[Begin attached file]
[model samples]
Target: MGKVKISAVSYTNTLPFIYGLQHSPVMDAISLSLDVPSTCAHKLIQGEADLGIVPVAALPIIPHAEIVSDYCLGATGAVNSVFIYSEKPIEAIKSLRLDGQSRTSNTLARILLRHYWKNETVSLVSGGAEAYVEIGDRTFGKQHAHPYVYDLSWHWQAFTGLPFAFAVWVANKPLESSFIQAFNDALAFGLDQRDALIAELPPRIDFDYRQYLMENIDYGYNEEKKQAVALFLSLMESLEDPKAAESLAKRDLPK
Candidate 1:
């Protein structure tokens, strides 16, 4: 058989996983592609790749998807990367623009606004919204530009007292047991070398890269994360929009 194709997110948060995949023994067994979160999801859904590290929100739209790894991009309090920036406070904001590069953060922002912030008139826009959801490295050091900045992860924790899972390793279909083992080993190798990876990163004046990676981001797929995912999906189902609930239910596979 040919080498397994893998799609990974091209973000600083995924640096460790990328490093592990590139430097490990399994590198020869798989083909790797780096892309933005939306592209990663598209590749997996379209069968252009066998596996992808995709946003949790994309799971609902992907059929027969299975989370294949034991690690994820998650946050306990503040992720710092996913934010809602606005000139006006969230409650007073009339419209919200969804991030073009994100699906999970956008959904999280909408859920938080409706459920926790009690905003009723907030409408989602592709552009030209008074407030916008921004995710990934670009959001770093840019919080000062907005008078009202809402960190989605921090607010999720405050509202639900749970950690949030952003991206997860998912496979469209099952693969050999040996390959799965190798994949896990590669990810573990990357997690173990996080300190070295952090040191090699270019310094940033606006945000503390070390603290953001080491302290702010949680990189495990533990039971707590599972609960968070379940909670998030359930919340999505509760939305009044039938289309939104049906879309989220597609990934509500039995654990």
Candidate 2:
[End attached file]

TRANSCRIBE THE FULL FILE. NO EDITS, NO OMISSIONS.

[model samples]
Target: MGKVKISAVSYTNTLPFIYGLQHSPVMDAISLSLDVPSTCAHKLIQGEADLGIVPVAALPIIPHAEIVSDYCLGATGAVNSVFIYSEKPIEAIKSLRLDGQSRTSNTLARILLRHYWKNETVSLVSGGAEAYVEIGDRTFGKQHAHPYVYDLSWHWQAFTGLPFAFAVWVANKPLESSFIQAFNDALAFGLDQRDALIAELPPRIDFDYRQYLMENIDYGYNEEKKQAVALFLSLMESLEDPKAAESLAKRDLPK
Candidate 1:
């Protein structure tokens, strides 16, 4: 058989996983592609790749998807990367623009606004919204530009007292047991070398890269994360929009 194709997110948060995949023994067994979160999801859904590290929100739209790894991009309090920036406070904001590069953060922002912030008139826009959801490295050091900045992860924790899972390793279909083992080993190798990876990163004046990676981001797929995912999906189902609930239910596979 040919080498397994893998799609990974091209973000600083995924640096460790990328490093592990590139430097490990399994590198020869798989083909790797780096892309933005939306592209990663598209590749997996379209069968252009066998596996992808995709946003949790994309799971609902992907059929027969299975989370294949034991690690994820998650946050306990503040992720710092996913934010809602606005000139006006969230409650007073009339419209919200969804991030073009994100699906999970956008959904999280909408859920938080409706459920926790009690905003009723907030409408989602592709552009030209008074407030916008921004995710990934670009959001770093840019919080000062907005008078009202809402960190989605921090607010999720405050509202639900749970950690949030952003991206997860998912496979469209099952693969050999040996390959799965190798994949896990590669990810573990990357997690173990996080300190070295952090040191090699270019310094940033606006945000503390070390603290953001080491302290702010949680990189495990533990039971707590599972609960968070379940909670998030359930919340999505509760939305009044039938289309939104049906879309989220597609990934509500039995654990």
Candidate 2: